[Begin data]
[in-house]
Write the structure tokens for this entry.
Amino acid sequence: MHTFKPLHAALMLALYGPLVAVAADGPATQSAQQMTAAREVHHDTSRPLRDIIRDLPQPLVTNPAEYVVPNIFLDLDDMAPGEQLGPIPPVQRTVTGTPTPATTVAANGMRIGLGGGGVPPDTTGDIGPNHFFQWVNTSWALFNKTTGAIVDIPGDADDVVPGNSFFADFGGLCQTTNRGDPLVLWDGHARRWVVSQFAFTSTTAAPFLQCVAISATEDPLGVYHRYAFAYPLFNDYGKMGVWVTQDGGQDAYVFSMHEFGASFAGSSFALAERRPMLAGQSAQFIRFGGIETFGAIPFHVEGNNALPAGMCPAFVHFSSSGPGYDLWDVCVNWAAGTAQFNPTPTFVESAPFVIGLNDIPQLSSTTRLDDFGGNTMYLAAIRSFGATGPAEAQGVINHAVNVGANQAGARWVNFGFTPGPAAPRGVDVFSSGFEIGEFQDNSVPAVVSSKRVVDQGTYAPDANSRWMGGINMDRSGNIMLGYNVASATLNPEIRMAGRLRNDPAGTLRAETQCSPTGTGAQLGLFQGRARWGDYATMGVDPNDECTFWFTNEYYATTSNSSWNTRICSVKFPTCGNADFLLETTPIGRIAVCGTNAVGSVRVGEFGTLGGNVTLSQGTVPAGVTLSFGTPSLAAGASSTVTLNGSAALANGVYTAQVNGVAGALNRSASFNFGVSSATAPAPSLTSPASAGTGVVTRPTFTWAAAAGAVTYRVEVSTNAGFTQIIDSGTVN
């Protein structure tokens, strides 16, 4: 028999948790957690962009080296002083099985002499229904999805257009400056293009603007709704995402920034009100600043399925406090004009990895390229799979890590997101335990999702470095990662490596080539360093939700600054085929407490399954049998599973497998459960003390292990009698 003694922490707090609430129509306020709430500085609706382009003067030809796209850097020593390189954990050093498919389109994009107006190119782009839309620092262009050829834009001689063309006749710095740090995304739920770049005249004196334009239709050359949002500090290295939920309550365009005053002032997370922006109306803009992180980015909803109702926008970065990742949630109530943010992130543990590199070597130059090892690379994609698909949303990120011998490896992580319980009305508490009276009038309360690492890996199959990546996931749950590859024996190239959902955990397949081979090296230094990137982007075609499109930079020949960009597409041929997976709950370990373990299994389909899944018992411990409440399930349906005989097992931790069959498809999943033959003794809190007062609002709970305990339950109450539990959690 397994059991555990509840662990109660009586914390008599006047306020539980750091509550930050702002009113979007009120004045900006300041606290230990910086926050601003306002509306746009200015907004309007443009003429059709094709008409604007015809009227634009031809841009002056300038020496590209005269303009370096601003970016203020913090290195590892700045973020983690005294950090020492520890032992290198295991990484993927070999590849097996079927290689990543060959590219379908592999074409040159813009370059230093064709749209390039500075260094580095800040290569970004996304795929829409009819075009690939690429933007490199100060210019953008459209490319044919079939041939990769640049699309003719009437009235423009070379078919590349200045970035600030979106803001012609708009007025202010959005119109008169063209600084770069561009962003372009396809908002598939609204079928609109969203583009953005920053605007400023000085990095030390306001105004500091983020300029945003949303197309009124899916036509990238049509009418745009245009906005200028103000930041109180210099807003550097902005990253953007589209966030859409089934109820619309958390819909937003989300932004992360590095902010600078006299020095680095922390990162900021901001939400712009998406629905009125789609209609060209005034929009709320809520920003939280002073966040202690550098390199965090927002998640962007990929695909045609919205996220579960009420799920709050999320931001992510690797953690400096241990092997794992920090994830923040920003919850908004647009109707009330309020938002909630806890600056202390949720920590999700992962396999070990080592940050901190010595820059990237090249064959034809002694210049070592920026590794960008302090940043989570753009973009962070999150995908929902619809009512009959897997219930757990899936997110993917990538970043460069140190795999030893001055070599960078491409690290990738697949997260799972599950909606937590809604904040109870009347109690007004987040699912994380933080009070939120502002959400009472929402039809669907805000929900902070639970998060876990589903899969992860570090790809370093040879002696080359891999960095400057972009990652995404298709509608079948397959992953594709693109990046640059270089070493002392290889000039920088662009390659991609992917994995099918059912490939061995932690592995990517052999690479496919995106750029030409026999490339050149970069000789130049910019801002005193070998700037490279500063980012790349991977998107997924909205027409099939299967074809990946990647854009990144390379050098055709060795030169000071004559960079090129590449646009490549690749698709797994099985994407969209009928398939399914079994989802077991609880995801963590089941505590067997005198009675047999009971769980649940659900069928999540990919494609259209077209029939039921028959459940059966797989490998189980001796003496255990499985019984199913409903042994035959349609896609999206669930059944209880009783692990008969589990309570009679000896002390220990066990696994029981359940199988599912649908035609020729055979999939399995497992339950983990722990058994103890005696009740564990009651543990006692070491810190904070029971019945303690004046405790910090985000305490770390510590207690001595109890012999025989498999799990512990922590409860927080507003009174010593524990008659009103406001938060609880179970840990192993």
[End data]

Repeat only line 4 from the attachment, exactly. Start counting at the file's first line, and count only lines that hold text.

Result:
């Protein structure tokens, strides 16, 4: 028999948790957690962009080296002083099985002499229904999805257009400056293009603007709704995402920034009100600043399925406090004009990895390229799979890590997101335990999702470095990662490596080539360093939700600054085929407490399954049998599973497998459960003390292990009698 003694922490707090609430129509306020709430500085609706382009003067030809796209850097020593390189954990050093498919389109994009107006190119782009839309620092262009050829834009001689063309006749710095740090995304739920770049005249004196334009239709050359949002500090290295939920309550365009005053002032997370922006109306803009992180980015909803109702926008970065990742949630109530943010992130543990590199070597130059090892690379994609698909949303990120011998490896992580319980009305508490009276009038309360690492890996199959990546996931749950590859024996190239959902955990397949081979090296230094990137982007075609499109930079020949960009597409041929997976709950370990373990299994389909899944018992411990409440399930349906005989097992931790069959498809999943033959003794809190007062609002709970305990339950109450539990959690 397994059991555990509840662990109660009586914390008599006047306020539980750091509550930050702002009113979007009120004045900006300041606290230990910086926050601003306002509306746009200015907004309007443009003429059709094709008409604007015809009227634009031809841009002056300038020496590209005269303009370096601003970016203020913090290195590892700045973020983690005294950090020492520890032992290198295991990484993927070999590849097996079927290689990543060959590219379908592999074409040159813009370059230093064709749209390039500075260094580095800040290569970004996304795929829409009819075009690939690429933007490199100060210019953008459209490319044919079939041939990769640049699309003719009437009235423009070379078919590349200045970035600030979106803001012609708009007025202010959005119109008169063209600084770069561009962003372009396809908002598939609204079928609109969203583009953005920053605007400023000085990095030390306001105004500091983020300029945003949303197309009124899916036509990238049509009418745009245009906005200028103000930041109180210099807003550097902005990253953007589209966030859409089934109820619309958390819909937003989300932004992360590095902010600078006299020095680095922390990162900021901001939400712009998406629905009125789609209609060209005034929009709320809520920003939280002073966040202690550098390199965090927002998640962007990929695909045609919205996220579960009420799920709050999320931001992510690797953690400096241990092997794992920090994830923040920003919850908004647009109707009330309020938002909630806890600056202390949720920590999700992962396999070990080592940050901190010595820059990237090249064959034809002694210049070592920026590794960008302090940043989570753009973009962070999150995908929902619809009512009959897997219930757990899936997110993917990538970043460069140190795999030893001055070599960078491409690290990738697949997260799972599950909606937590809604904040109870009347109690007004987040699912994380933080009070939120502002959400009472929402039809669907805000929900902070639970998060876990589903899969992860570090790809370093040879002696080359891999960095400057972009990652995404298709509608079948397959992953594709693109990046640059270089070493002392290889000039920088662009390659991609992917994995099918059912490939061995932690592995990517052999690479496919995106750029030409026999490339050149970069000789130049910019801002005193070998700037490279500063980012790349991977998107997924909205027409099939299967074809990946990647854009990144390379050098055709060795030169000071004559960079090129590449646009490549690749698709797994099985994407969209009928398939399914079994989802077991609880995801963590089941505590067997005198009675047999009971769980649940659900069928999540990919494609259209077209029939039921028959459940059966797989490998189980001796003496255990499985019984199913409903042994035959349609896609999206669930059944209880009783692990008969589990309570009679000896002390220990066990696994029981359940199988599912649908035609020729055979999939399995497992339950983990722990058994103890005696009740564990009651543990006692070491810190904070029971019945303690004046405790910090985000305490770390510590207690001595109890012999025989498999799990512990922590409860927080507003009174010593524990008659009103406001938060609880179970840990192993």